By Russell Sage
The Savoy hotel in London once threw a party, just before the First World War. If you’ve ever been to The Savoy you’ll know it glitters, and it did so even more back then. Yet the brilliantly rambunctious organisers paid no heed to the fixtures and fittings, and instead covered the space in rubber, filled it with water and sailed guests around on boats, sipping decorously on champagne. Have you ever heard of anything more fun? Wildly, truly eccentric, a moment of whimsy just for the pure joy of it, breaking the rules of supposed fine taste and modern interior design quite simply so a ruddy good time could be had by all.
I think Brits have always broken the decorative rules. Look at our old country houses, bursting with chinoiserie and Italianate marble not because they were authentic to the space, time period or building’s original features, but because the owners were collectors who wanted to make people smile. When Sir John Soane built his house in Holborn, now the Sir John Soane’s Museum, he did so to have a space in which to display his Hogarth collection, so he could host fabulous dinner parties, beam at his guests and say, ‘Can I show you the Egyptian tomb in my basement?’. Imagine the delight he would have seen in their faces. That sense of wonderment, caused by design, is the true definition of style.
The pursuit of that feeling is what I base all my work on. At The Fife Arms, the hotel I designed in rural Scotland for Hauser & Wirth, we hung a Picasso pride of place simply because we were excited to show it off. The property houses 16,000 works of art, not so as to pay them stuffy reverence or create a hushed gallery, but because
we want people to be able to experience them, to share them with the world.
In the garden of my own house in Somerset I have two four-metre Indian vases, while two stuffed giraffes guard the hallway. You’d never find these in any interiors book, but I have them because they bring me joy.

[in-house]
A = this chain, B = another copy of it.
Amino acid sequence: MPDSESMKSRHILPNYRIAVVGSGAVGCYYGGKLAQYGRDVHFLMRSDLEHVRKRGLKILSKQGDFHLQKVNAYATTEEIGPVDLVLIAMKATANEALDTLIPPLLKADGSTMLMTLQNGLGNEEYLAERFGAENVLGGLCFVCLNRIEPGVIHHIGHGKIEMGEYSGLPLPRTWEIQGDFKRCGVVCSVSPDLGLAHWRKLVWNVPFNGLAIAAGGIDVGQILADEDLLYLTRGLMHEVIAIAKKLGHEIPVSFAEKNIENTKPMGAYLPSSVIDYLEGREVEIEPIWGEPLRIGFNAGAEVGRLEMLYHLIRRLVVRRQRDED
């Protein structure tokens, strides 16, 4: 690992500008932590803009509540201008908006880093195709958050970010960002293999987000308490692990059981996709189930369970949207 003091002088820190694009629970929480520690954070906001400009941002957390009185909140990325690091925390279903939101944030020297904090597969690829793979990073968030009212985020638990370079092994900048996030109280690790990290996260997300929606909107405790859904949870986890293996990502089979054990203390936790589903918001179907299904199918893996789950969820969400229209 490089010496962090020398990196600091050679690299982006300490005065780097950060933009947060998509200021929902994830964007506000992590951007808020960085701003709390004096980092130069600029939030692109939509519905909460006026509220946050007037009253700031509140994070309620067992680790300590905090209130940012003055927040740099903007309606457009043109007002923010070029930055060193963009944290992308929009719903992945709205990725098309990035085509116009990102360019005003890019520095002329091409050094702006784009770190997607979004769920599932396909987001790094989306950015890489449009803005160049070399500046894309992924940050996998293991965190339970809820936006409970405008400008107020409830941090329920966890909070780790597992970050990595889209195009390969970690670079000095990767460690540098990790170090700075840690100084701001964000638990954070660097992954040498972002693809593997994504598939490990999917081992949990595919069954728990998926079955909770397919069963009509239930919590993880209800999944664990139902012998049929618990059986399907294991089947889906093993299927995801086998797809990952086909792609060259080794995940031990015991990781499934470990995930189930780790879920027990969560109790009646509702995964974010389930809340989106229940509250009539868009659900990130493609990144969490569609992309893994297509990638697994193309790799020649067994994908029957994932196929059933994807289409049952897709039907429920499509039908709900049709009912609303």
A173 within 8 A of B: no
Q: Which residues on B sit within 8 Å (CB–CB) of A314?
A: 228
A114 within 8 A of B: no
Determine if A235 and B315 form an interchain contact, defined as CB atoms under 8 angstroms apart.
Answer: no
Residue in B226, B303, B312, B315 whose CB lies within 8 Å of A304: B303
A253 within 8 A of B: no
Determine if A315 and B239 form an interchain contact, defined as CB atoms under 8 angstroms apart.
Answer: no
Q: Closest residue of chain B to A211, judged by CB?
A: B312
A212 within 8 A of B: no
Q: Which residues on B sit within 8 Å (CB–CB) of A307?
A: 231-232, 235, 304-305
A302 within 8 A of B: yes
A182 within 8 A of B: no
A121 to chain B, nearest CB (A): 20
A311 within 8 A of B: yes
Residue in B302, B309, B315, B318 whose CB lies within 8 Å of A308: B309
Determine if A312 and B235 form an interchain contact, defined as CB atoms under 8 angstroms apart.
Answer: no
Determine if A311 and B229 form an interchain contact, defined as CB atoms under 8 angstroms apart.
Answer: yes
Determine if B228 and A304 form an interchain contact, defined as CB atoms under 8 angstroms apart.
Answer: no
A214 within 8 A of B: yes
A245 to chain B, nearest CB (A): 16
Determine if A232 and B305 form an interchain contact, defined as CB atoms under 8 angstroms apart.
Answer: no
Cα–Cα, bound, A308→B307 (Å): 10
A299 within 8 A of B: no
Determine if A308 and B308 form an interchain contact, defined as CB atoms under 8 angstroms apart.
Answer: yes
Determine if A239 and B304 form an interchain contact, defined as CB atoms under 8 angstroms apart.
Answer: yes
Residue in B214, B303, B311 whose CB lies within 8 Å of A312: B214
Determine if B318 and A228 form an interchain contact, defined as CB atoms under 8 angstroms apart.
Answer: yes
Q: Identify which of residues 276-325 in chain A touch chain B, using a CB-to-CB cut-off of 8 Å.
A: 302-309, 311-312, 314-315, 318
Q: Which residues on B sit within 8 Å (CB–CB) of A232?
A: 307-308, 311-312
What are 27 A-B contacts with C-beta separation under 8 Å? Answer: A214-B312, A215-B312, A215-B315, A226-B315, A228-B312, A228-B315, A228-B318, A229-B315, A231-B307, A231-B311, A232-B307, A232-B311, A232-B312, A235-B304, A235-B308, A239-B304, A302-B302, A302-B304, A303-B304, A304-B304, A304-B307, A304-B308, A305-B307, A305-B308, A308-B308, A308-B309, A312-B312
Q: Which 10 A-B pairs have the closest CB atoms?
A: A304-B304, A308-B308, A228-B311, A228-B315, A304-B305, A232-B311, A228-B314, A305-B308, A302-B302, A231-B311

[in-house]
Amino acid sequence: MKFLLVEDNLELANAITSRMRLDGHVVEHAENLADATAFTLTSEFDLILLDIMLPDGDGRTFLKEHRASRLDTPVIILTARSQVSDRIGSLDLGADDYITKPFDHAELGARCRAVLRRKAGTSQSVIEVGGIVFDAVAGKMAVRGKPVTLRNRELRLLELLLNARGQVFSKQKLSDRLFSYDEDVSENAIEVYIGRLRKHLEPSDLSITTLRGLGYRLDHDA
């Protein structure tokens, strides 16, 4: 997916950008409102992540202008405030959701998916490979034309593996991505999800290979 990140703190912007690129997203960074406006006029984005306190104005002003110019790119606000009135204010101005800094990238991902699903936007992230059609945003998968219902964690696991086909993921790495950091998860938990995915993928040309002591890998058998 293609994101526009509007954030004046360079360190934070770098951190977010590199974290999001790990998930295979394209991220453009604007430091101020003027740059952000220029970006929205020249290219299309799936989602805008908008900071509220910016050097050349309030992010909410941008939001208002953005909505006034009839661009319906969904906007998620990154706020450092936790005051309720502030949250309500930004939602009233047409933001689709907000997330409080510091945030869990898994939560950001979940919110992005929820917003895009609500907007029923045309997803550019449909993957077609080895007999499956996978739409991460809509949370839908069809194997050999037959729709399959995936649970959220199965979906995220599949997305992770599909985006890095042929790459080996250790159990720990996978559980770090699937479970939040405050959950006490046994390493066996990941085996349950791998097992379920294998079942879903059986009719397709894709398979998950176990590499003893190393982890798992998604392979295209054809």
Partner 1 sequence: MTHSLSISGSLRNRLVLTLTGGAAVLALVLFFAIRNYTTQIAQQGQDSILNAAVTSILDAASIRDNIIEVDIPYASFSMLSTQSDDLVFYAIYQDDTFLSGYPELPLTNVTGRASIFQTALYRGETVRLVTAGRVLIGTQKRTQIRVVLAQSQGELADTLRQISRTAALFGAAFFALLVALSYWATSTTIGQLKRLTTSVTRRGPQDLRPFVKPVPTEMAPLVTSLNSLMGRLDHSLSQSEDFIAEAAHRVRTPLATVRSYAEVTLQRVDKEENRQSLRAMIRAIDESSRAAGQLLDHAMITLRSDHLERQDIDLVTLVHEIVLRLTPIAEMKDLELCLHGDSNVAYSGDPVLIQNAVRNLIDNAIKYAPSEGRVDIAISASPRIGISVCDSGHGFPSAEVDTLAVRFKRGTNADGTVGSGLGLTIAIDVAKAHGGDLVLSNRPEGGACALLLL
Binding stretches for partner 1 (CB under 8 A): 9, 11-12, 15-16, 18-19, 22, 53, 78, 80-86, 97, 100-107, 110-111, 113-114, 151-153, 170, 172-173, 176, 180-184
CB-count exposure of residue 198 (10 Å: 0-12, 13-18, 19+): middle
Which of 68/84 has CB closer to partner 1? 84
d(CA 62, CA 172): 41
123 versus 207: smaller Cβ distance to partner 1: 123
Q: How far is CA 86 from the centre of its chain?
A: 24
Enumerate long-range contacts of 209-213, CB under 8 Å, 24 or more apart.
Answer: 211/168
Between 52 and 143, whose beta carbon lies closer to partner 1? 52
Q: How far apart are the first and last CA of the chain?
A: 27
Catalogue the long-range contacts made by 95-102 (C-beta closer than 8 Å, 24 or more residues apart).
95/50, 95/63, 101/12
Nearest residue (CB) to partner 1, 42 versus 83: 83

You see, style doesn’t have to be about finesse, or hospital corners, or sticking rigidly to a sense of what ought to be done. My village is far from chocolate-box perfect – against a backdrop of gorgeous cottages you’ll find rusting cars in driveways, the odd plastic bag wrapped around a barbed wire fence and uPVC windows gleaming against old stone, but to me that is part of its appeal. I’d be heartbroken if it was all tidied up. Unlike other tourist spots, where residents have to get their external paint choices signed off by an association (this happens all over Gloucestershire), here anything goes, allowing for true creativity and expression.
After everything we have been through this past year, design is about the desire to bring people together. If your home is not a sanctuary then you’re going to be in trouble, and this is where style comes into its own, the secret ingredient that elevates a room from looking good to feeling good, too. I’d suggest the following:
Pick a sofa not because it looks nice in a photo, but because it speaks to you personally and makes you want to run to it and jump on it and lie back into it. Use restful colours that help you – specifically you – relax. My hero Karen Beauchamp, a former creative director of Cole & Son, once told me that if a colour is to feel like home then it should have a touch of the earth to it.
So instead of going with banana yellow, opt for one with a hint of brown in it; instead of choosing bright white look for softer, more restful pigments. I’m drawn to cognac leather tones right now, palettes that look good in any light. Nothing so bright it smacks you between the eyes when you want to be watching telly.
But above all, style means a good representation of you. Agonise over decisions; ponder whether you can live with some furniture or a colour for the next 20 years. Does it suit your lifestyle, does it make you feel comfortable? Do you really love it, and does it make you happy? Be drawn to things – and people – that do. Create a space in which you love to live. For this is where style is found.
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